Why are cyber attacks becoming more frequent in South Africa?

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At the weekend the Department of Employment and Labour arrested an employee in connection with a hack of the department’s servers.

Headlines involving cybercrime are becoming more frequent and that’s not because it’s sensational, but because the threat is real.

Research from IBM Security in 2019 puts the average cost of a data breach in South Africa at R36.5 million – the seventh highest of 16 countries.

And breaches aren’t all that we should be concerned with. Malware attacks – particularly banking malware attacks increased by 58 percent in Q1 2019 according to Kaspersky.

Businesses and individuals stand to lose big and sadly the smaller the business, the harder a cyberattack hits.

“The risk that cybercrime poses is here, and it is very real. A lack of reporting on the matter is leaving many in the dark as to the resultant costs that a business could suffer as a result of a cyber breach not only from an incident response perspective but also the subsequent business costs associated with a breach of this nature that can include aspects such as business interruption, loss of business and client trust, liability of directors and officers through to reputational damage,” says client manager of Cyber Solutions at Aon South Africa, Zamani Ngidi.

The Five Horsemen

In it’s 2019 Cyber Security Risk Report, Aon outlines five key vulnerabilities that have allowed cybercriminals to execute large-scale attacks so frequently.

The first of these is access to operational data from mobile and edge devices.

While remote access to data has become almost essential in some fields, it does also pose a security risk if careful consideration is made into how this data is accessed. Growing reliance on third-party and sometimes even fourth-party services also poses something of a security risk should due diligence not be done.

The internet of things is another area of weakness that poses a threat. While the internet of things can open up a range of business opportunities, as with using third-party services, if poorly configured they can act as unsecured entry points.

In the past we’ve seen cybercriminals hijack CCTV cameras and routers and use them in a botnet to take down Netflix, Twitter and other online services. Even TVs aren’t always safe from prying eyes.


Employees remain a weak point for cybercriminals to exploit. A survey conducted by Aon in 2018 found 53 percent of respondents had an insider-related attack in the previous year. That is rather worrying and businesses would do well with implementing proper training and ongoing awareness campaigns to help create a culture of good security hygiene.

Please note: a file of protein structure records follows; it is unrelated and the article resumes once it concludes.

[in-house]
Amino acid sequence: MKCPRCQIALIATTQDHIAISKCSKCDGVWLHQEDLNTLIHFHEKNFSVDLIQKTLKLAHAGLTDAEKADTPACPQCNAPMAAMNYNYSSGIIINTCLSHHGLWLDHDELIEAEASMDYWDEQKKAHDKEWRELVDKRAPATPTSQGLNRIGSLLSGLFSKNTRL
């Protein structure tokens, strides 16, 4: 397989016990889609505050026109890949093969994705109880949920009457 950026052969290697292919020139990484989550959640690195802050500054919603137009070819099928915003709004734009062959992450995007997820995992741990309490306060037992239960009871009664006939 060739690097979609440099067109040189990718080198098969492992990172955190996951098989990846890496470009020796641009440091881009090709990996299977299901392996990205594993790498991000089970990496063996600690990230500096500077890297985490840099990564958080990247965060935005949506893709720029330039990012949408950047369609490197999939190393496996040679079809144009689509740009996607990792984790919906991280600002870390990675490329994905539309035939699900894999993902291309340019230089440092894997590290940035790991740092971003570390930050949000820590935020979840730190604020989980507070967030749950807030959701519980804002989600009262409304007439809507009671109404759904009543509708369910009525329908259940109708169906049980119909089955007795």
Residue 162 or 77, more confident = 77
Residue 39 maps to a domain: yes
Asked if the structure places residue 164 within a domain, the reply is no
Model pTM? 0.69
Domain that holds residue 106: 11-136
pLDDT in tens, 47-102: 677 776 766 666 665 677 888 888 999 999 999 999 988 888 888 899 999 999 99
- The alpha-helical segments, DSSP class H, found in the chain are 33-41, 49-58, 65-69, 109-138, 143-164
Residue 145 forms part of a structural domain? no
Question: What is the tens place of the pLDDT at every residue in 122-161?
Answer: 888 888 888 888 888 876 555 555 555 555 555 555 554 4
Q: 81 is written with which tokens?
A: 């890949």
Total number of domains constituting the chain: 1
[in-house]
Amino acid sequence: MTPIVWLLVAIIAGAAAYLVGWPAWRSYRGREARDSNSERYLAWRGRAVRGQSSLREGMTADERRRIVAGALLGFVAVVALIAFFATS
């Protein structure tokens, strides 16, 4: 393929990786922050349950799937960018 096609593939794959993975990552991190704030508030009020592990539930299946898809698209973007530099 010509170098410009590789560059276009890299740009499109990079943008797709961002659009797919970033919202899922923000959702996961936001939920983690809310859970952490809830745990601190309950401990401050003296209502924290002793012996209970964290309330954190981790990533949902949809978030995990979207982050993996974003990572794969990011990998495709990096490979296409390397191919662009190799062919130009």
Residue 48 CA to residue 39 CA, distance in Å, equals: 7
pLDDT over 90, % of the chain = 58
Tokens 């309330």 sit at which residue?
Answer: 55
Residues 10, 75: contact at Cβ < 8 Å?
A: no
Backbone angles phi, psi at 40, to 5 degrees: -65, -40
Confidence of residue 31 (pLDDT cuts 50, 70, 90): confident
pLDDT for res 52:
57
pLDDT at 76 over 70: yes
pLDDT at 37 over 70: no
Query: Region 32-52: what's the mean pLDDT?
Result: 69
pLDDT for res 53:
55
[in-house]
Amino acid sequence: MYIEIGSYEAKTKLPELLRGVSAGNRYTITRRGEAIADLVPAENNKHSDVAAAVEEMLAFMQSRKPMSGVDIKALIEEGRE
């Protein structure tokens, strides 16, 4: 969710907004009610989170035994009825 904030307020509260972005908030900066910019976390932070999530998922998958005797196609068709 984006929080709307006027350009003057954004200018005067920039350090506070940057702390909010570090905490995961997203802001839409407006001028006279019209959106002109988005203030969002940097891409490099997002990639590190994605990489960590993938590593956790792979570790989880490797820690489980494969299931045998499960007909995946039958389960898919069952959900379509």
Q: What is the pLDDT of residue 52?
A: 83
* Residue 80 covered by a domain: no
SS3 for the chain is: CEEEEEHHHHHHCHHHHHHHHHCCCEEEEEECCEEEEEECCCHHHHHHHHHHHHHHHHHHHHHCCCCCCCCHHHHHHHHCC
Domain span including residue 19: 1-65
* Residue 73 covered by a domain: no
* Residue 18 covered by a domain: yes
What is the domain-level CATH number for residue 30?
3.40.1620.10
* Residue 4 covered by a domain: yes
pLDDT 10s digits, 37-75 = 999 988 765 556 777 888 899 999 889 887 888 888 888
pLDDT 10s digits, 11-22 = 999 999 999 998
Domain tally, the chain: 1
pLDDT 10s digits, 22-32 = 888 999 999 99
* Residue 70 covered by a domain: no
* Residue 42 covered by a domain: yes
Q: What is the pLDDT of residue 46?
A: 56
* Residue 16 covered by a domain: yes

Aon notes that organised crime organisations are recruiting former intelligence members to help execute more sophisticated attacks. The long and short of this is that cybercriminals have evolved and assuming they are still operating from a basement is folly and dangerous.

The final threat is one that is beyond the control of even the most successful corporation – regulation.

The fact of the matter is that lawmakers are playing catch-up to the constant stream of innovation that technology births.

Compounding this issue is the fact that legislation relating to cybercrime changes from nation to nation. We can see that right now in the fact that GDPR has been in effect for two years in May and South Africa is still waiting for POPI to take effect.

These are of course just some of the risks that businesses face but they should have you thinking deeply about security.

The bottom line

According to Aon, with the financial implications of a data breach or any cyberattack, businesses need to change their approach.

“It necessitates a major shift in business thinking to view cyber risk as both a strategic and critical risk that holds a very real threat to business and its operations.  Proactive steps need to be put in place in order to prevent a business from becoming a statistic as far as possible in addition to having a solid incident response plan and cyber insurance in place to manage a worst-case scenario,” explains Ngidi.

When it comes to cybersecurity it’s best to consult an expert – or rather a number of experts – who can advise on what the best method of protection may be.

Every business needs different focus in different areas and there is no “one size fits all” approach to security.

South Africa is clearly a target for cybercriminals and being prepared for when – not if – an attack occurs will put your business in good stead for that day.

[Image – CC 0 Pixabay]

Brendyn Lotz

Brendyn Lotz

Brendyn Lotz writes news, reviews, and opinion pieces for Hypertext. His interests include SMEs, innovation on the African continent, cybersecurity, blockchain, games, geek culture and YouTube.